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Hey bhagwan, please save the Ganga

June 17, 2014 08:17 IST

Hey bhagwan, please save the Ganga

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Subir Roy

It is time to get seriously worried. There seems to be a move to “develop” the Ganga and as many as four Union ministries have joined hands to do it. The word “development” has not been mentioned, but all that has been said creates a sense of foreboding. Development of the wrong kind can lead to degradation and death of many forms of life.

Over the decades, as the waters of the Ganga have become dirtier, there has been anguish all around that this prime Indian symbol of purity (you sprinkle Ganga jal in any corner that you want to cleanse, not just physically but also spiritually) has itself become so obviously unclean. Therefore, action initiated to fulfil Narendra Modi’s election promise to clean up the Ganga can only be welcomed. But look what all is being proposed in the name of a clean-up.

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Image: A pandit takes a dip in the Ganga.
Photographs: Daniel Berehulak/Getty Images

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Hey bhagwan, please save the Ganga

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Subir Roy

First, let’s appreciate the good ideas. It is great that liquid waste from towns and cities along the river -- which has till now has been freely dumped into the river, making it one big drain -- will now be recycled (not thrown out, but treated and reused) and treated in case it is let into the river. This is what the Ganga Action Plan, which owes its origins to Rajiv Gandhi, aimed to do. Money was distributed to states with municipalities along the river so that they could build water treatment plants for their sewage, but at the end of the day there is little to show by way of results.

What has not been mentioned in the news reports, but what should also follow, is a total ban on dumping solid waste into the Ganga. Carcasses of dead animals and dead bodies floating down the river immediately come to mind. This is not all. Idol immersion in the Ganga after a puja continues to take place, even though the chemicals that are used to make the paints for the idols are toxic and have no place in any river -- not to speak of a holy one mentioned in the puranas. Environmental groups have moved the Calcutta High Court on this as immersions in huge numbers take place in and around Kolkata, particularly after Durga Puja. But there is no end in sight so far.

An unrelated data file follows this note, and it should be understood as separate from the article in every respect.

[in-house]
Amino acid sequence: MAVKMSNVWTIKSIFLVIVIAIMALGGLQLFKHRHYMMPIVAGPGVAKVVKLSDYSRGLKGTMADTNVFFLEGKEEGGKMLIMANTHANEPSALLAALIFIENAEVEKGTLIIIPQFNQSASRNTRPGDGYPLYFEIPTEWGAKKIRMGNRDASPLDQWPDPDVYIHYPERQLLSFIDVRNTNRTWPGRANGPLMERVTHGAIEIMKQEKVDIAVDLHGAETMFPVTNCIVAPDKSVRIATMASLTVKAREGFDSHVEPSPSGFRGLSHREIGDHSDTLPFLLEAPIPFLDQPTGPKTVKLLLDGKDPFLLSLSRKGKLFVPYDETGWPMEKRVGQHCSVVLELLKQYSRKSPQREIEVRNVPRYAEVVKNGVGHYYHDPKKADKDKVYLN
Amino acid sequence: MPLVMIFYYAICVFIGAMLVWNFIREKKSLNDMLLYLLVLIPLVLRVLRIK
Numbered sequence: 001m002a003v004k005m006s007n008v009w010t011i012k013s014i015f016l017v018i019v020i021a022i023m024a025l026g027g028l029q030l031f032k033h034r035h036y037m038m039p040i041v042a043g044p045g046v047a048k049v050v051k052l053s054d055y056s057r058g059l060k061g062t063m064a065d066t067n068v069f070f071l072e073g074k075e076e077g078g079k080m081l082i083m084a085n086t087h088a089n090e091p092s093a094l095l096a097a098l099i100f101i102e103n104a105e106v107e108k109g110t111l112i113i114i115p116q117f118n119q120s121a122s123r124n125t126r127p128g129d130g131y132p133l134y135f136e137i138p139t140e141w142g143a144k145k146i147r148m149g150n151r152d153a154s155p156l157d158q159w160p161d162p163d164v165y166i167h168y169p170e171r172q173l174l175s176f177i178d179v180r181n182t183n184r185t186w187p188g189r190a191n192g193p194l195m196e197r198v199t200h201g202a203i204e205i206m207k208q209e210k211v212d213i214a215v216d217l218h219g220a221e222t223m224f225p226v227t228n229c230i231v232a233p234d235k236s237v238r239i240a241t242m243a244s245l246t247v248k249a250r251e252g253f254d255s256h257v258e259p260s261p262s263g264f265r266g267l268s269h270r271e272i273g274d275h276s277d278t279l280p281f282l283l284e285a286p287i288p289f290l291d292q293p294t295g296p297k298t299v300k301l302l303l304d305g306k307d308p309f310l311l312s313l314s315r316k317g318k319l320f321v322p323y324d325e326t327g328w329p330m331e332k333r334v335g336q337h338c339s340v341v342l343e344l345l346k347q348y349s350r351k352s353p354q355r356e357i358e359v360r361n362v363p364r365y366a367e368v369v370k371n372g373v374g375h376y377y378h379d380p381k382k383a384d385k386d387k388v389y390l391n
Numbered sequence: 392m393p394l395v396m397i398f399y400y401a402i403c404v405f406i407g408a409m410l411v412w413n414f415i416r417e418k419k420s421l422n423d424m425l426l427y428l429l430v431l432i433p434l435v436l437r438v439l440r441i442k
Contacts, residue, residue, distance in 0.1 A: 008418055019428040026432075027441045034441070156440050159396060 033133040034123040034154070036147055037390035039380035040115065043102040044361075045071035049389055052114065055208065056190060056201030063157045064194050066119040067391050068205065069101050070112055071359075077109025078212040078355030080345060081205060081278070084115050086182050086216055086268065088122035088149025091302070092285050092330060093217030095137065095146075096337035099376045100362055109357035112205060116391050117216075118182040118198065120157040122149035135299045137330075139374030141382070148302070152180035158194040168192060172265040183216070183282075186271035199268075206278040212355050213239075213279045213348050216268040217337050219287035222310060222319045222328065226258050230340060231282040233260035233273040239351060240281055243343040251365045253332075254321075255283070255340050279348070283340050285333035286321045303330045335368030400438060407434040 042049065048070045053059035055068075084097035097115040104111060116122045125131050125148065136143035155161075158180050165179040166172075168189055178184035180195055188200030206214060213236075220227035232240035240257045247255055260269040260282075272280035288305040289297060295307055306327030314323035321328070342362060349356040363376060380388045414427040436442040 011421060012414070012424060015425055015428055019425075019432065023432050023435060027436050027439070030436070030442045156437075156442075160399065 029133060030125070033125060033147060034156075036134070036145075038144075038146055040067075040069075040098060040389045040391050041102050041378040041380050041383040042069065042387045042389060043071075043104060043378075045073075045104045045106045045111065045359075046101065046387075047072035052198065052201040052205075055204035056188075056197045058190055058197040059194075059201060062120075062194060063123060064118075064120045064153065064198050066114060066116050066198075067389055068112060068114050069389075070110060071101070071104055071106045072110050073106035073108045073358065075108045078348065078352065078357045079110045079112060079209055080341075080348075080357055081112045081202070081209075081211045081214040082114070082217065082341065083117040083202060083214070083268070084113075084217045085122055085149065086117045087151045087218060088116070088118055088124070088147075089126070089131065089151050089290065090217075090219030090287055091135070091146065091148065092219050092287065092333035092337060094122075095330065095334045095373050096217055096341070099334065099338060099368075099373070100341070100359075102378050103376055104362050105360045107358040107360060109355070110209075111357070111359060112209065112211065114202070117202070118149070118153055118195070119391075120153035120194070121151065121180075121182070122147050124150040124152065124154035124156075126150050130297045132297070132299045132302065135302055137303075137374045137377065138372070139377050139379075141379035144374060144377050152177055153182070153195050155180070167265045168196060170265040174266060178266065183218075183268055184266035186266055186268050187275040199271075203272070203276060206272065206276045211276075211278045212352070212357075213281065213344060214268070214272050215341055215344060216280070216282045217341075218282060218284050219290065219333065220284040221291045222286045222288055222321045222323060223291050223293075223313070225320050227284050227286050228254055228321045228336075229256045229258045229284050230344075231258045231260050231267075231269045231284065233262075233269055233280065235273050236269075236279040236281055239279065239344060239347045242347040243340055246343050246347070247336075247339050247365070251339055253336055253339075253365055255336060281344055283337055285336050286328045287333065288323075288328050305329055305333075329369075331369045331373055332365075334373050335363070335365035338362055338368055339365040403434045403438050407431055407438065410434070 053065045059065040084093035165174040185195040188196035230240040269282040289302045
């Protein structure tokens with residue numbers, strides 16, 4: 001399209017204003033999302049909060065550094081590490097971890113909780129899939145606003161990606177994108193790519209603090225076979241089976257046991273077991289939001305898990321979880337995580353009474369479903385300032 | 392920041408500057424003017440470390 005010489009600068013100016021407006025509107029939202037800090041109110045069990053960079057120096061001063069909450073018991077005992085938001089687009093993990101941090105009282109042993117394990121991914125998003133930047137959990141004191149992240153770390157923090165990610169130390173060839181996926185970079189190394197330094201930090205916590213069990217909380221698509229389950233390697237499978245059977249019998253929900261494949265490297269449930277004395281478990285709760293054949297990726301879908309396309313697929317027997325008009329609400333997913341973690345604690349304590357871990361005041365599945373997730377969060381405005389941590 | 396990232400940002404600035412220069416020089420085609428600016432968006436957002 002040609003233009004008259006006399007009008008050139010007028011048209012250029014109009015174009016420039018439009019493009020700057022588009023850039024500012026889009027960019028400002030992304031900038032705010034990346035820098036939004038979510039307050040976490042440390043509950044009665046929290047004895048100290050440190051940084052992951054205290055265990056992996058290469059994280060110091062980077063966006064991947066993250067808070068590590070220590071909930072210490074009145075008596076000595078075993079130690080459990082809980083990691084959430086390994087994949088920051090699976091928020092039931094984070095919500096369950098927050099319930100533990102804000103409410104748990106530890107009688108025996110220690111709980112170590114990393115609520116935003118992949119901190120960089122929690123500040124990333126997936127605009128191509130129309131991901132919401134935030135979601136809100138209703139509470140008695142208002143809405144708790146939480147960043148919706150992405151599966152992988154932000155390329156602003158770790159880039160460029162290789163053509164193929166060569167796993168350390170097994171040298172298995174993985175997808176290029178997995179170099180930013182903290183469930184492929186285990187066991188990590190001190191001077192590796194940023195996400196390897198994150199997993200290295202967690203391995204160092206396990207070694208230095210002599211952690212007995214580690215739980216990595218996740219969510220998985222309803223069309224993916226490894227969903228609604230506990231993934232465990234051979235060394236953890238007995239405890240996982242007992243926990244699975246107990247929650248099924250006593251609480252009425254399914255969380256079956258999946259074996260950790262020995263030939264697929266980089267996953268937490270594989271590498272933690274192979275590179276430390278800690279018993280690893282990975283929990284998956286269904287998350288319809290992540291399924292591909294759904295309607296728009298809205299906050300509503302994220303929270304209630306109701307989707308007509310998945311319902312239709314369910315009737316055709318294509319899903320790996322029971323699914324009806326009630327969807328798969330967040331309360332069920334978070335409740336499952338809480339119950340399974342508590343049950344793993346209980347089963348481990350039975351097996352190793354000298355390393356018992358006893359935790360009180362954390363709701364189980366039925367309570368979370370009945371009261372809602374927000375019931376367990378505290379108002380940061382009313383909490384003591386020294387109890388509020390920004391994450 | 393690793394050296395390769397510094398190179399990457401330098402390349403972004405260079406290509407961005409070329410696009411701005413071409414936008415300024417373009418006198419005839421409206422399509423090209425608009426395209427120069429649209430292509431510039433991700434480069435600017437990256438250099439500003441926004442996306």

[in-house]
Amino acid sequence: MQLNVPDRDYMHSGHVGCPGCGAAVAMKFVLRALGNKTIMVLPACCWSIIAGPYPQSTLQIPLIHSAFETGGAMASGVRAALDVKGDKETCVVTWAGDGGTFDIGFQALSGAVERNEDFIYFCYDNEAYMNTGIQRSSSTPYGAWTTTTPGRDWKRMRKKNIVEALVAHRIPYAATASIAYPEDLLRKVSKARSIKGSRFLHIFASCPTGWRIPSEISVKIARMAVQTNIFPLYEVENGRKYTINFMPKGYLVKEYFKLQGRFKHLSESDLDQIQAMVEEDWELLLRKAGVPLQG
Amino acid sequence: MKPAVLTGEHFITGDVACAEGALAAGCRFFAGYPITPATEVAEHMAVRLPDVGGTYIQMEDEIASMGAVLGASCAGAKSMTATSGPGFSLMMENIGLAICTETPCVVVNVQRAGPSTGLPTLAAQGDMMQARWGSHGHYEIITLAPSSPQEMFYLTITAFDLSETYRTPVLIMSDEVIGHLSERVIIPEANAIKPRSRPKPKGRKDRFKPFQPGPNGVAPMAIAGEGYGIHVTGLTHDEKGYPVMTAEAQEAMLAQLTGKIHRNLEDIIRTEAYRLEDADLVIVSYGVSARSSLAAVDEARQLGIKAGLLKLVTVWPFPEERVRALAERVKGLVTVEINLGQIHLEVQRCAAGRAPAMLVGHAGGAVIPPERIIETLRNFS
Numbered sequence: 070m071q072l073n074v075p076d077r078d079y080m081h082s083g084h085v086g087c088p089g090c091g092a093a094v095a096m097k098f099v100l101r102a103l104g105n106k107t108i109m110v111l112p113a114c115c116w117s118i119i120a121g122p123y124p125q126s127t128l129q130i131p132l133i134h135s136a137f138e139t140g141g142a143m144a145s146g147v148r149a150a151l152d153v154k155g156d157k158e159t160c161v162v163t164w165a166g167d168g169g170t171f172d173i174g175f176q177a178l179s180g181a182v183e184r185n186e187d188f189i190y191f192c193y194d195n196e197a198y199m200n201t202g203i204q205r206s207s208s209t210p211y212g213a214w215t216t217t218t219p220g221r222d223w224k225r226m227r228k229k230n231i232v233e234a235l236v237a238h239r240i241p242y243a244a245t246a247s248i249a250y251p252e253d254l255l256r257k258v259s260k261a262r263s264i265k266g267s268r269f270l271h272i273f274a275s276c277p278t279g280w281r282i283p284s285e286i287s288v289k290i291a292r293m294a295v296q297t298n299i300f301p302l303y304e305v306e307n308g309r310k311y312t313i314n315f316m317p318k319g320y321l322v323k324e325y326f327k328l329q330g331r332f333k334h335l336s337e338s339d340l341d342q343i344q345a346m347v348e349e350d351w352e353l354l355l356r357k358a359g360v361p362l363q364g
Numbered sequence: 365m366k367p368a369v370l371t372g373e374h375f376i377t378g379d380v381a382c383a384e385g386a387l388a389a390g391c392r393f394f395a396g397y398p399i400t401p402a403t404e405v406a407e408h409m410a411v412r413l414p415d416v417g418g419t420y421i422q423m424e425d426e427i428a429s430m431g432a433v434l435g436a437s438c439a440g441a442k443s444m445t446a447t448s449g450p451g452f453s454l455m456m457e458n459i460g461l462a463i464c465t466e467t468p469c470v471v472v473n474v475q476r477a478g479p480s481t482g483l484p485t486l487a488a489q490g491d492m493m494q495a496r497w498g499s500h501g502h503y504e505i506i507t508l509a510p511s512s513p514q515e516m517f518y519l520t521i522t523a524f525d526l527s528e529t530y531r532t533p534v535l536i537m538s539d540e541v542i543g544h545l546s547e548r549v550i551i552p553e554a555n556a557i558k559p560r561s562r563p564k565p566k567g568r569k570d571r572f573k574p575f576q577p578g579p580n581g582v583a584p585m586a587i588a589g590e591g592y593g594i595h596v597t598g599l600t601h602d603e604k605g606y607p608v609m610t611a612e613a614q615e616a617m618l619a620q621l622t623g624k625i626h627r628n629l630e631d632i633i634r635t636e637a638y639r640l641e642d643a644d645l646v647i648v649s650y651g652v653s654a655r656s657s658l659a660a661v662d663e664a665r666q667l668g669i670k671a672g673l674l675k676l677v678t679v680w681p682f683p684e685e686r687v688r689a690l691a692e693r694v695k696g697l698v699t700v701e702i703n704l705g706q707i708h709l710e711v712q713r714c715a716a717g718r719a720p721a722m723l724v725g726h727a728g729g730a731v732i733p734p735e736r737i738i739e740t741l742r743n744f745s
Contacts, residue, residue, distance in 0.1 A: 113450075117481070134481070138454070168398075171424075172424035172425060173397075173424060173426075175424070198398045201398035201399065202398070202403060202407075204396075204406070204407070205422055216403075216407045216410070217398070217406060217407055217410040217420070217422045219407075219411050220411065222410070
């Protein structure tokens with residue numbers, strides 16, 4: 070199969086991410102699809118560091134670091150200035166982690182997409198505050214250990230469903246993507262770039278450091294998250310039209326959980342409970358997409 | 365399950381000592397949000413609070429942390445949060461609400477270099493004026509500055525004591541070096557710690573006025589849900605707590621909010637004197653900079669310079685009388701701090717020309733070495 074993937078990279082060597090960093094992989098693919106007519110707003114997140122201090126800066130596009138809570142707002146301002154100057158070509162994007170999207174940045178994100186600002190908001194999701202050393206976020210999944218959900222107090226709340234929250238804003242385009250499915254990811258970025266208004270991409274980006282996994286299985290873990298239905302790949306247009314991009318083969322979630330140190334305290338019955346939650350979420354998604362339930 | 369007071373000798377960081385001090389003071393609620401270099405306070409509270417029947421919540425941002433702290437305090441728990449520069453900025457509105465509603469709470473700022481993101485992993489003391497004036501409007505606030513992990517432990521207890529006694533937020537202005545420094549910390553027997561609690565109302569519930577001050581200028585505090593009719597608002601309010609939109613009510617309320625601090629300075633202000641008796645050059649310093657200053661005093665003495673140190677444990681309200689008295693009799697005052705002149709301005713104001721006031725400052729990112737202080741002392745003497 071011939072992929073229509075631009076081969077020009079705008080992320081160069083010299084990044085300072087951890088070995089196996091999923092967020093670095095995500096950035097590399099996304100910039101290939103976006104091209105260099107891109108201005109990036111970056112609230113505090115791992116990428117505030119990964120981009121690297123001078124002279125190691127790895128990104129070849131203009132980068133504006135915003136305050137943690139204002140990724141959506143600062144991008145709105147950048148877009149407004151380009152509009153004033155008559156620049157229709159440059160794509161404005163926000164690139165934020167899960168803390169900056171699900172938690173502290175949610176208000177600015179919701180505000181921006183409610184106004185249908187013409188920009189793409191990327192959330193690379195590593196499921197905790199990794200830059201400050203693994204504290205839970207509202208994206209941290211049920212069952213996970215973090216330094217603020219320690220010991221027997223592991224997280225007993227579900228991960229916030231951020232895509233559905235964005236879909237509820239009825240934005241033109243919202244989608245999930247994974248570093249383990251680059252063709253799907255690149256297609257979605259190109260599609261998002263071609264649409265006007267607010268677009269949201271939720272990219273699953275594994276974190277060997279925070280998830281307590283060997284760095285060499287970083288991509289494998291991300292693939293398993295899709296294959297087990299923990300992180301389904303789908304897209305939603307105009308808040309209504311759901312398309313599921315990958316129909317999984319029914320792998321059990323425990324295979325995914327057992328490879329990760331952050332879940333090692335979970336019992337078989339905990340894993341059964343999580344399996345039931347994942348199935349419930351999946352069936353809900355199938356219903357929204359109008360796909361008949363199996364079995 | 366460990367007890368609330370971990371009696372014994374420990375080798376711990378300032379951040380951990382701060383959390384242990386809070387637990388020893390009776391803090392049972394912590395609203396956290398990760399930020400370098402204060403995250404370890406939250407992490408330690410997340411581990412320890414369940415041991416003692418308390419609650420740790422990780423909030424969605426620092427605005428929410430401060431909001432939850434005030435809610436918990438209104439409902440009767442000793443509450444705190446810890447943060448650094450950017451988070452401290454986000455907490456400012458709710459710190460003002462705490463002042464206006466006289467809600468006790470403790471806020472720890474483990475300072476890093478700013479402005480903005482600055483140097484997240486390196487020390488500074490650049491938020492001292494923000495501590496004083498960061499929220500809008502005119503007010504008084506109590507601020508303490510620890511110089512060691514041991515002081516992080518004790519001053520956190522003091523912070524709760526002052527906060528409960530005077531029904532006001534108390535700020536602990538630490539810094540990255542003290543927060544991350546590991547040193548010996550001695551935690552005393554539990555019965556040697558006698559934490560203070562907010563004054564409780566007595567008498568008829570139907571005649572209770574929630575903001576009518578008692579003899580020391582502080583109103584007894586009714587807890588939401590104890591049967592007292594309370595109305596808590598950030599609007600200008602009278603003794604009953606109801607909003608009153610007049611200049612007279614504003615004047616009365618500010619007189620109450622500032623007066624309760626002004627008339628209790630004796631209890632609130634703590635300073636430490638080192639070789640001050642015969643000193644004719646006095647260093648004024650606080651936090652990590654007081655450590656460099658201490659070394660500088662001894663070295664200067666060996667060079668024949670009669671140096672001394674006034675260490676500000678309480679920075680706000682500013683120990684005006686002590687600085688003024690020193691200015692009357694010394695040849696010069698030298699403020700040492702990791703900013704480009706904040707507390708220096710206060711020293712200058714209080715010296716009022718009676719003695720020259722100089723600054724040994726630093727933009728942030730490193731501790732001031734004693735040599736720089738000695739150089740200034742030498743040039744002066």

It also seems very sensible to make the Ganga navigable with a bit of dredging, as has been stated in news reports, so long as this does not lead to new pressure points resulting in fresh river bank erosion. Much can be said about the environmental and cost benefits of river transport.

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Image: Minister for Water Resources, River Development and Ganga Rejuvenation Uma Bharti performs prayers at the Ganga
Photographs: Raj Patidar/Reuters

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Hey bhagwan, please save the Ganga

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Subir Roy

But alarm bells start ringing when developing tourism -- religious and secular -- is also mentioned as a goal. It is the unchecked commercialism riding on the back of pilgrims visiting Kedarnath that lies at the root of the environmental degradation of those parts of the Garhwal hills. And this was the cause of so much of the loss that resulted from the flash floods of 2013. Tourism to natural destinations has to be strictly regulated or rationed for it to be sustainable. The idea of promoting limited tourism remains alien to our administrative culture.

Apart from that, the one big idea that is most perplexing and can be disastrous for the Ganga is to build barrages at every 100 kilometre across the Ganga for connectivity and transportation. What kind of connectivity, across or down the river? Roads over barrages connect the opposite banks, but barrages sound the death knell for a freely flowing river.  

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Image: In the backdrop of the setting sun, men take a dip in the holy Sangam during the Kumbh mela in Allahabad.
Photographs: Daniel Berehulak/Getty Images

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Subir Roy

It is best to repeat what a religious leader has said on all these ideas. As Swami Avimukteshwaranand, a disciple of the Dwarka Shankaracharya, sees it, “Modi is doing the same thing what the previous Congress-led United Progressive Alliance government did. They formulated plans and allocated crores of rupees for cleaning the river, but its condition deteriorated by each passing day. Ganga needs water, not money. So provide her with as much water as possible to resolve the issue.”

He added, “We urge Modi to let the river water flow freely from its top without any sort of obstructions and hurdles on its path, the various problems of the river will almost be resolved. The aviral Hindi for ‘continuous’ flow of river water will clean all the dirts of the river and will free it from all sorts of pollution. The only thing required is to stop construction of dams over the river and cancel all the proposed and ongoing hydro projects on the Ganga river and its tributaries. So there should be no dams on the Bhagirathi above Tehri.”

Is it that barrages that are not dams are OK below the Tehri dam? There is an urgent need to explain how a barrage does not affect the free flow of the river when what is needed foremost is a clean freely flowing river that is a source of every kind of life around it 

 


Image: Hoping to seek some respite from the heat, boys take a dip in the Ganga.
Photographs: Reuters

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